I'm here to help you grasp (perhaps) a slight grasp of the time period in which the story takes place (even IMDB has this all wrong), so here goes - but with the disclaimer that in no way am I a Chinese history scholar, so don't use this to study for your final exam. Okay? So, at the end of the 19th and beginning of the 20th century, Sun Yat-sen spent several decades in exile trying to bring democracy to China. By 1912, it appeared he had succeeded and was named president by the new provisional democratic government. However, by early 1913, hoping avert a civil war, he offered to step down and give the presidency to Army General Yuan Shikai, a "former" warlord who basically ruled Northern China. But Yuan wasn't really interested in something as messy as democracy. He wanted to control all of China - a new dynasty with himself as supreme ruler. And by 1915, he had dissolved the new government, declared himself the "Great Emperor of China," and ordered the arrest of Sun Yat-sen who fled back into exile.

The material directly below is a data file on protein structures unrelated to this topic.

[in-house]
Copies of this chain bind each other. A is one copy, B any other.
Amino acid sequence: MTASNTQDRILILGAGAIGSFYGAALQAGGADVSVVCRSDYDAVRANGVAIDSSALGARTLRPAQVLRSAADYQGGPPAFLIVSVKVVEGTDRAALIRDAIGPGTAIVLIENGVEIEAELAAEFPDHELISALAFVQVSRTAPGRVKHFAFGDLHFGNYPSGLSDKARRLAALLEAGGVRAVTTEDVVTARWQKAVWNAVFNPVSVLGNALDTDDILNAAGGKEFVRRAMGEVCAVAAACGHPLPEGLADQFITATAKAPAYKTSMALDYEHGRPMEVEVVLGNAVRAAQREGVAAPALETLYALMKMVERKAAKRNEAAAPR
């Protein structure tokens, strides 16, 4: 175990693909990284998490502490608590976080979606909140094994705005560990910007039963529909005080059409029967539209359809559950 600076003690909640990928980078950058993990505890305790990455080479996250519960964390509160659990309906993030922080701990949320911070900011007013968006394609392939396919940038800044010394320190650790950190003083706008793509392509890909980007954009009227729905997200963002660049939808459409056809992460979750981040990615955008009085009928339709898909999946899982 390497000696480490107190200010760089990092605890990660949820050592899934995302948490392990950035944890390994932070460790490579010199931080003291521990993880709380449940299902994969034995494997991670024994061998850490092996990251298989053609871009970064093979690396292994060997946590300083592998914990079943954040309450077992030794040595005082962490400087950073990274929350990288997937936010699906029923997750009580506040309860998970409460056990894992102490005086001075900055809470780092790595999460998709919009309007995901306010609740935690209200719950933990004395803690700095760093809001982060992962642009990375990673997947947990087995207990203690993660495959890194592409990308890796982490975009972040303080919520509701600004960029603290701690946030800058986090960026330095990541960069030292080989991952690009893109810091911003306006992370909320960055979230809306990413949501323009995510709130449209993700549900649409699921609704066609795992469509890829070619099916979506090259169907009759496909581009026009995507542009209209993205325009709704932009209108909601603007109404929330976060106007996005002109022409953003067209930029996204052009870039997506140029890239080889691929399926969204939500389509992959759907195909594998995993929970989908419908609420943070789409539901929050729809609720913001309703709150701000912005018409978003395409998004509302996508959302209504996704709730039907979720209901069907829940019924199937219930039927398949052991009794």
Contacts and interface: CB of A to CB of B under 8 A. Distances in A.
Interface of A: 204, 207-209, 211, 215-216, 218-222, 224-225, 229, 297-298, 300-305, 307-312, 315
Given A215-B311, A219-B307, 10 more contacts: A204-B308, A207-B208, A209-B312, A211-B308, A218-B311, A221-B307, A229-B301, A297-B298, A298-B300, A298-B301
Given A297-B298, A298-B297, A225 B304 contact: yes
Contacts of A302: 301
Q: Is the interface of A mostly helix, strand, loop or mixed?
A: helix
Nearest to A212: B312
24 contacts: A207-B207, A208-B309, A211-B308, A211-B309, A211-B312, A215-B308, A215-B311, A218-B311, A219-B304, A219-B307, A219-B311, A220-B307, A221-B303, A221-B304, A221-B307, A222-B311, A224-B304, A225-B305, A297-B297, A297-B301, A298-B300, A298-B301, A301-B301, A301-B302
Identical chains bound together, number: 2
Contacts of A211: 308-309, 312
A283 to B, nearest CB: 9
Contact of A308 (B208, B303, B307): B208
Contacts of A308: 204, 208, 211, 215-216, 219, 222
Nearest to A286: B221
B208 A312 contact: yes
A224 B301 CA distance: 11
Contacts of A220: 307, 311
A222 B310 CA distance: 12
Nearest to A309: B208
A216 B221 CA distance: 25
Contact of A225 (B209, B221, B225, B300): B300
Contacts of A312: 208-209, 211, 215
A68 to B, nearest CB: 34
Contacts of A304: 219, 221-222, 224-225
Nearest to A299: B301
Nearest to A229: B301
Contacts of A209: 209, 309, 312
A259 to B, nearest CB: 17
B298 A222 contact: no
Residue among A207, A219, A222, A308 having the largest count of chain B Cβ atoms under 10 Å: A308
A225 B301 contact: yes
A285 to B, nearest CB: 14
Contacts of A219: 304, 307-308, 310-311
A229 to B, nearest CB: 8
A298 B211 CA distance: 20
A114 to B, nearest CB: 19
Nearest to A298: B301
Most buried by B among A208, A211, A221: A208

Got that part? Okay. Let's move on.... The film is set in 1913 in Northern China. Various minor generals (aka warlords) under Yuan were squabbling over their fiefdoms. As the film opens, a General Tsao has won control of the city from General Tun by beating him in a game of mahjong rendering him broke and must flee his palace in fear that his soldiers will revolt over not getting paid. Meanwhile, a pro-democracy underground has received word that General Tsao is planning a meeting with nefarious Western interests who wish to pledge money to help Yuan realize his imperial plan (and probably plunder their natural resources in return). Two "freedom-fighting" spies are assigned the task of getting this document in the hopes that once brought to the government's attention, it will stop Yuan's political machinations. One is a Ling Pak-Hoi, a handsome young man, who is a little too quick to draw his gun. The other is General Tsao's daughter, Tsao Wan. Beautiful and smart, she is her father's pride and joy. Now add to this that Wan has just returned from studying in the West and dresses in Western-style men's clothes with her hair cut short like a man's, for as she says, it allows her "to move more freely."